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Endocr Relat Cancer. 2006 Sep;13(3):667-87.

Sex-steroid regulation of vascular endothelial growth factor in breast cancer.

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  • 1Dalton Cardiovascular Research Center, Department of Biomedical Sciences, University of Missouri, 134 Research Park Drive, Columbia, Missouri 65211, USA. hyders@missouri.edu

Abstract

Angiogenesis is a key event, which occurs in both normal and pathological expansion of tissues and provides the nourishment necessary for growth. The role of angiogenic growth factors in breast pathology is rapidly gaining recognition since scientists and clinicians realized that these factors could function as molecular targets event 550 209822 for controlling tumor expansion. Vascular endothelial growth factor (VEGF) is a key regulator of angiogenesis. Although significant advances have been made in understanding the sex-steroid-dependent regulation of this key factor, the role of VEGF in controlling breast tumors is not well understood. In this review, I discuss recent studies describing the role of the female sex steroids estrogens and progestins in the regulation of VEGF in breast cancer cells. Furthermore, I present a summary of recent studies from other biological systems (mainly focused on tumor biology) directed towards providing us with a better understanding of the regulation of classical VEGF and VEGF receptors. I propose that by extending such studies we will gain deeper insights into how we might combat the progression of breast cancer by controlling hormone-dependent angiogenesis within tumor tissue. I believe that information gained from such studies will permit us to target angiogenic growth factors and their initiated signal transduction pathways in a more precise and selective manner, and thereby to control the formation of new blood vessels that fuel the rapid growth of breast tumors. Finally, it is my hope that the concepts discussed here will help elucidate molecular targets in the hormone-dependent angiogenesis pathway that will ultimately allow us to overcome anti-hormone resistance and to provide insights into how we might pursue the concept of chemoprevention by considering 'angioprevention' as the end point.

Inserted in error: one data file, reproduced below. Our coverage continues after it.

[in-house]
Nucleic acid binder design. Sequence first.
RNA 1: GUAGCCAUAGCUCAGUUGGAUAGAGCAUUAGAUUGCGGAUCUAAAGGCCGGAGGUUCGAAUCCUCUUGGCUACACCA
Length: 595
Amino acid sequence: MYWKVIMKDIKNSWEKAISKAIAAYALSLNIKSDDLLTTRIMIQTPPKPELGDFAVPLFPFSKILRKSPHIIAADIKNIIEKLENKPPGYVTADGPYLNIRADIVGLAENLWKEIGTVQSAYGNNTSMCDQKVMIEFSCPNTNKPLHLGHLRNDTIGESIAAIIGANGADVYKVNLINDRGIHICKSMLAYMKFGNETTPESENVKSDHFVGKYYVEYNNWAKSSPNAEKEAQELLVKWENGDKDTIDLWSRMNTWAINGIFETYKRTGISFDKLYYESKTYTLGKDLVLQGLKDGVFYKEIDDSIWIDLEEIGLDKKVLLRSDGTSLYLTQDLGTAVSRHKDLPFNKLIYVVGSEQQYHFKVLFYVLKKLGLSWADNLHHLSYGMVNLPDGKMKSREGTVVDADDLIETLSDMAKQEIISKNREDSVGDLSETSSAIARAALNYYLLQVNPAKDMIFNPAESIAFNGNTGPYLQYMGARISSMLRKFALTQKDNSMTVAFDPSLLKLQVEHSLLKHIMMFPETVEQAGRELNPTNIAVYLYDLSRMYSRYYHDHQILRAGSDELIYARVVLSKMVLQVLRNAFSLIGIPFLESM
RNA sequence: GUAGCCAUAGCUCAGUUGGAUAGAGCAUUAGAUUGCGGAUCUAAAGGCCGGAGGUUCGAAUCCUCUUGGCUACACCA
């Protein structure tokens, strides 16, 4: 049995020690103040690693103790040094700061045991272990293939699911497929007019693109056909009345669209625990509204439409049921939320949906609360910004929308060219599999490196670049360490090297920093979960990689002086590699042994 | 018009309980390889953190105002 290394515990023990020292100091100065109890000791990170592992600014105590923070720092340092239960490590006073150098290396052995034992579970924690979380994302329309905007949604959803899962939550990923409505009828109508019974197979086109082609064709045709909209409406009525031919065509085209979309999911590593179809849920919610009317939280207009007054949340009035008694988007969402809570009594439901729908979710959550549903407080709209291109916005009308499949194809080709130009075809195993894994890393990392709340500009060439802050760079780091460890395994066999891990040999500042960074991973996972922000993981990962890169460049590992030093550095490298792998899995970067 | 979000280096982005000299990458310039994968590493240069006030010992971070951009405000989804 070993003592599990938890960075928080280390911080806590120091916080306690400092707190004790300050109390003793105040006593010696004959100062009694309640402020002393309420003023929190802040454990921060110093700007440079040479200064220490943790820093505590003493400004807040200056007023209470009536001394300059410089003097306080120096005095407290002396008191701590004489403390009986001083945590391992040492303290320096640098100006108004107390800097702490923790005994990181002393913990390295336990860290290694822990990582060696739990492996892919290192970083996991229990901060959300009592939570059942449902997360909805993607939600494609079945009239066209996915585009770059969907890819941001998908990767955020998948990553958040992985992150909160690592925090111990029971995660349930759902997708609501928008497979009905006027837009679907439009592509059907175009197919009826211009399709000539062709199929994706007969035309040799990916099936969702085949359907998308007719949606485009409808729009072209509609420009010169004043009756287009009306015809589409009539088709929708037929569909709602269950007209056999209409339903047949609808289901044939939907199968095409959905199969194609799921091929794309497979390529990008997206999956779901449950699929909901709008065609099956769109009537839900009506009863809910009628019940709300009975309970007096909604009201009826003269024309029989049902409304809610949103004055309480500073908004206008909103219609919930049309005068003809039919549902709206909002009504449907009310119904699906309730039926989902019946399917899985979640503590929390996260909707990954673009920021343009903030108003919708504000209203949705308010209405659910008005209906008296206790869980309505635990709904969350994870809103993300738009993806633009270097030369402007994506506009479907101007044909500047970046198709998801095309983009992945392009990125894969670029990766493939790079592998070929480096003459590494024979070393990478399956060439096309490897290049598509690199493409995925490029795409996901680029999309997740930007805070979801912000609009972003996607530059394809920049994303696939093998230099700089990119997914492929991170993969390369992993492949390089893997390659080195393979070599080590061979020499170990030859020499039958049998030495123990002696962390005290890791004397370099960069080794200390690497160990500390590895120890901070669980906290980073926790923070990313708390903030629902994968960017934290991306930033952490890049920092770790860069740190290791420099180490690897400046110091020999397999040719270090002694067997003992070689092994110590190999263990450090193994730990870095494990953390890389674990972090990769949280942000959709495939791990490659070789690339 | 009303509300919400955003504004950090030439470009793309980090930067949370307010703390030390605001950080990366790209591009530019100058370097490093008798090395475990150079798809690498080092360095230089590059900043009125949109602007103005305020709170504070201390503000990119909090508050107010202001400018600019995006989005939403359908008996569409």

PMID:
16954424
[PubMed - indexed for MEDLINE]
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